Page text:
Although email has withstood the test of time during this pandemic, plenty of brands have had major email faux pas which has had a bad impact on their brand images. Crafting emails for a crisis requires extreme caution and asks for an ‘emotionally intelligent’ approach.
Global search patterns tell us that the digital economy plays a major role in helping businesses survive. Searches using keywords ‘online shopping, doctor, food delivery’ spiked at the onset of COVID-19 and have held at these higher levels.
Caption: Worldwide google searches and COVID-19
When an email has become a major part of communication and interaction, it is very important to avoid blinders as all eyes are on your brand. Sending appropriate emails wouldn’t only reduce the unsubscribe rate, but also tailor the right emails to your consumer’s inbox.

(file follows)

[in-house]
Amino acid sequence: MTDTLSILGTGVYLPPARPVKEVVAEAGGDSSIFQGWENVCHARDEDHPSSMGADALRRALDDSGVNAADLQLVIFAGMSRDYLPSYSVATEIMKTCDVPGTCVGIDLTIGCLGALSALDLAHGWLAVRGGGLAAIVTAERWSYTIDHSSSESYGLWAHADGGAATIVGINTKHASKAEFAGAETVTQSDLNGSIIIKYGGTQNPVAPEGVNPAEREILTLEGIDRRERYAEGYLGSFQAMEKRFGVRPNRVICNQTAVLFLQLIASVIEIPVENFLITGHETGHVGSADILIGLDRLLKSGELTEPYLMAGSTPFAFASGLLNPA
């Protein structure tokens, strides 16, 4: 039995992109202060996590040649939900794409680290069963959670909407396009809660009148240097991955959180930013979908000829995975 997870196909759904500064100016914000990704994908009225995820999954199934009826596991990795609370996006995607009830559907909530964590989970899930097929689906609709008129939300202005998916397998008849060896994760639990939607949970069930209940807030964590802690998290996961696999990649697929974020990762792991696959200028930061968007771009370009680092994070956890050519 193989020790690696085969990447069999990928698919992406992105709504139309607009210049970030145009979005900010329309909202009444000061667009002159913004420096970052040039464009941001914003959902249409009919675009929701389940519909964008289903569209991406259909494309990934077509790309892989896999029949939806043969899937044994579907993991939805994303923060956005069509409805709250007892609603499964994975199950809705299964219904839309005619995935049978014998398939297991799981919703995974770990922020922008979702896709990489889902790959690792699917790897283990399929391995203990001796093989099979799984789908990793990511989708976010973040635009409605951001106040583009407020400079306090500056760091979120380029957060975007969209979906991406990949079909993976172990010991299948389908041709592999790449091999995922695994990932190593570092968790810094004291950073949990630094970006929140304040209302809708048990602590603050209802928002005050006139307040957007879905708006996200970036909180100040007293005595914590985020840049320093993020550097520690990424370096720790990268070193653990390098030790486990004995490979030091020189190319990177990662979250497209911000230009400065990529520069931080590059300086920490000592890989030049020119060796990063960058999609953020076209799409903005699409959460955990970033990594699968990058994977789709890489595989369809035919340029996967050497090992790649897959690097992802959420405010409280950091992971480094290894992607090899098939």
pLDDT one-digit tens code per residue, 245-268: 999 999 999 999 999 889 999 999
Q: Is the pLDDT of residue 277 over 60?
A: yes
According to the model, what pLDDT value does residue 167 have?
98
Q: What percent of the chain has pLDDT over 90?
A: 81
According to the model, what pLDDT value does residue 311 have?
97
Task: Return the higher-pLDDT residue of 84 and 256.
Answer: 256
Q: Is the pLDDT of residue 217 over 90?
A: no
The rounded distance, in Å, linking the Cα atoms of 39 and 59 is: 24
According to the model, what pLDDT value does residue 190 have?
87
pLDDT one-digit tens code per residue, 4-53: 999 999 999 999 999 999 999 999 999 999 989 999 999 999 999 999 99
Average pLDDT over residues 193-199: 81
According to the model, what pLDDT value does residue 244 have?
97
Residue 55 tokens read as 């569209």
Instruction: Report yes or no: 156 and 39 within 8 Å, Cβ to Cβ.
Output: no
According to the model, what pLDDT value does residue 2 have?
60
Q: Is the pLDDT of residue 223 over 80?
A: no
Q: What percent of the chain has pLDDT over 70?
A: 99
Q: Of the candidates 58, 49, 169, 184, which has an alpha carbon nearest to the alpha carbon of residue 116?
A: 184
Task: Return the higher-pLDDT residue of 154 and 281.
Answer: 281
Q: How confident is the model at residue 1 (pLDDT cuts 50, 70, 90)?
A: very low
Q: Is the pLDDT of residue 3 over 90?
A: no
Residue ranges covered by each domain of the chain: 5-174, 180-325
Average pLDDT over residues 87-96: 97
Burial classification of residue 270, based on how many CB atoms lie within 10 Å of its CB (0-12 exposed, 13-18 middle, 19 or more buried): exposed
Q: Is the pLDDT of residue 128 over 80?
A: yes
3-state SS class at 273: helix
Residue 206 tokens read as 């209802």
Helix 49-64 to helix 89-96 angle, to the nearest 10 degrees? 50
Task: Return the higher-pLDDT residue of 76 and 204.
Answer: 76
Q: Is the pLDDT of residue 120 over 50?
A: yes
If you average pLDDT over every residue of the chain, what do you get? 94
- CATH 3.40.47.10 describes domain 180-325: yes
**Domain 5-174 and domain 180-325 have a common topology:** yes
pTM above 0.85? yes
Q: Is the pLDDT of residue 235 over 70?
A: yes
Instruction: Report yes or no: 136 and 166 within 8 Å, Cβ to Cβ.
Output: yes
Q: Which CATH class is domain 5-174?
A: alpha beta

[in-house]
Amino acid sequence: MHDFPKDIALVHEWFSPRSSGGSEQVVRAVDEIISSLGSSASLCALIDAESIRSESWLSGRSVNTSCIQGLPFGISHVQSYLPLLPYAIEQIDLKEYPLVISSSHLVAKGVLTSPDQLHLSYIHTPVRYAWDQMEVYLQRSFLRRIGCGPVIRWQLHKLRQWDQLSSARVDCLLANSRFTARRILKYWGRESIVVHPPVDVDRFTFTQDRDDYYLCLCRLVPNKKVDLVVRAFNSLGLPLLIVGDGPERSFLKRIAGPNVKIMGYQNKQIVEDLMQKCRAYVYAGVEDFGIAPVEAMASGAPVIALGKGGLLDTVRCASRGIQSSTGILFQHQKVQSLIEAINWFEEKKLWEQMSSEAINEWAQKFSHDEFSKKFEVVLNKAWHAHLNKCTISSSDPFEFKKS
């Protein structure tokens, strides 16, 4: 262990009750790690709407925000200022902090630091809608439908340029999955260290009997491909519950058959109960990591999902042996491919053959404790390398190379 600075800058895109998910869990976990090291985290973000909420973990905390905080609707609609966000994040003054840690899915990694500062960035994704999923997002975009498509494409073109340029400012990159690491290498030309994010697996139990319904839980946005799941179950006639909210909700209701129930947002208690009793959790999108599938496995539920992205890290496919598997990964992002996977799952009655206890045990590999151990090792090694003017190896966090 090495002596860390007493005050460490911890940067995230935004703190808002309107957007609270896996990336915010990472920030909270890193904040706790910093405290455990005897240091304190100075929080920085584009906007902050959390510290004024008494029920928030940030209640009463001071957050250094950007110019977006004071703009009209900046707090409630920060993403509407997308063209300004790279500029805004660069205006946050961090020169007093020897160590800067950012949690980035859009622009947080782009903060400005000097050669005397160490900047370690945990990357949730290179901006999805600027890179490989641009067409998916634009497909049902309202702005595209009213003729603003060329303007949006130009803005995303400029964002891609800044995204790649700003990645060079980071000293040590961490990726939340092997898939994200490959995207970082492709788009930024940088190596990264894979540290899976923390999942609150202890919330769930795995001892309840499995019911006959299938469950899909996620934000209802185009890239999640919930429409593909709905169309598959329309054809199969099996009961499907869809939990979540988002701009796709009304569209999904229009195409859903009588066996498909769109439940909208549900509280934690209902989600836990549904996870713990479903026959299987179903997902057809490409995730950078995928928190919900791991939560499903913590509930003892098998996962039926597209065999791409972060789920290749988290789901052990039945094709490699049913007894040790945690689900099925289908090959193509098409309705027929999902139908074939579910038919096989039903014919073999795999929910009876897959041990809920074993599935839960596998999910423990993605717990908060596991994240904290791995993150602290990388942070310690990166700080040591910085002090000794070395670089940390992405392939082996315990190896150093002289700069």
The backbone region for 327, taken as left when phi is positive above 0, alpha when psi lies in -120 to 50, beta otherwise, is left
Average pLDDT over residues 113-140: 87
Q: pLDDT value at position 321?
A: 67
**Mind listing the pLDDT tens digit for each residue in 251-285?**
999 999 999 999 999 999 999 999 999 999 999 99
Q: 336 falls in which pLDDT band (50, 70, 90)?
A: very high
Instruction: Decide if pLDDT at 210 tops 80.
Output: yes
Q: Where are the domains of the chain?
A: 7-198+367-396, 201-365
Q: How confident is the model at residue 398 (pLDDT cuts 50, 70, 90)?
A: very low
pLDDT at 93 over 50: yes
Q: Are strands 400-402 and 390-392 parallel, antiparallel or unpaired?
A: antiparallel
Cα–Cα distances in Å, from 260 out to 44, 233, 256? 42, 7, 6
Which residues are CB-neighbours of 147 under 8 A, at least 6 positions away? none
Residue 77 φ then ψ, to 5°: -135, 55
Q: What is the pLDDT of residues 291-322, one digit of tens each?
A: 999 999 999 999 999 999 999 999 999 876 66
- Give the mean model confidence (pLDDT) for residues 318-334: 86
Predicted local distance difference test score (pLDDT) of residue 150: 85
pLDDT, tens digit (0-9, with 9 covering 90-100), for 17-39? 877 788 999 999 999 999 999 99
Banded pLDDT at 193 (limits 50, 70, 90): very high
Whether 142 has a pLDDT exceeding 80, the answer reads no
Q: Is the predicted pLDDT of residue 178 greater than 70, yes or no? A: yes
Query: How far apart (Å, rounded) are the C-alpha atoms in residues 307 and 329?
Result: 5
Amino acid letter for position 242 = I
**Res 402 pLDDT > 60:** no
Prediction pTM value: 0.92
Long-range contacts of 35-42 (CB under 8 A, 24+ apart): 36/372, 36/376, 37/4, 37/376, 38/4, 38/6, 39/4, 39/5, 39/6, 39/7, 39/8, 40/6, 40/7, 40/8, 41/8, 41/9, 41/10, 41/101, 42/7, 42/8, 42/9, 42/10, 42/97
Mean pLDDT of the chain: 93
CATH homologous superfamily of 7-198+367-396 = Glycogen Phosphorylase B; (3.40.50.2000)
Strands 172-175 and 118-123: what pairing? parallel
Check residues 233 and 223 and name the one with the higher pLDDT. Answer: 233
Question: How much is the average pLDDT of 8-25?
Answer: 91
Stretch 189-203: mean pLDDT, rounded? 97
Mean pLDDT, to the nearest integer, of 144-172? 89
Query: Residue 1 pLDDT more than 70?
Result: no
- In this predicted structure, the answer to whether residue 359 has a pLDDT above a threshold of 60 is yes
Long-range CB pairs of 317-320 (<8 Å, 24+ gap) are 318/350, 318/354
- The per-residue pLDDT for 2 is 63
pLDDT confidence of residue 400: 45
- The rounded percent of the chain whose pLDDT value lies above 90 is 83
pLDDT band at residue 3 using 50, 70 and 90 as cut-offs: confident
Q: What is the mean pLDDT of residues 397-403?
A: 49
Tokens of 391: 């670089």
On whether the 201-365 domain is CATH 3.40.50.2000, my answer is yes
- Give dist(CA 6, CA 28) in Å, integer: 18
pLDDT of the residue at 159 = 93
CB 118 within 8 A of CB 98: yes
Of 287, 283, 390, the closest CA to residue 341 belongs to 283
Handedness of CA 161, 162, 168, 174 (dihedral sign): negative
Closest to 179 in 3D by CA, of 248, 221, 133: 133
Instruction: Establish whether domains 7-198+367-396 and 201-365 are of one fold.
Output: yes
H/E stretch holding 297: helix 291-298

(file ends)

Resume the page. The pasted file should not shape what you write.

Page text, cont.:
Here are 7 types of eCommerce email marketing campaigns and their approach during COVID-19.
- Promotional email
It isn’t wrong to send emails about your products. What matters is to send it to the right person at the right time. For instance, if you send a promotional email after a visitor checks out some products on your eCommerce store, the subscriber might actually complete a purchase. However, if the subscriber has been inactive for 6 months, promotional emails might not be the right choice.
The Banana Republic has pivoted its marketing strategy to meet changing market demands. This email promoting reusable face masks is one example on how to make your emails more exciting by using GIFs in the hero image followed by a short and simple product description.
- Choice to opt-out email
Letting your consumers know that they can customize their email preferences to avoid receiving irrelevant emails during such times will not only save you from ending up in the spam folder but also retain those customers who would unsubscribe otherwise. Giving them an option to pause the emails for some days will save you from hampering your email reputation while giving the subscriber control over their email inbox.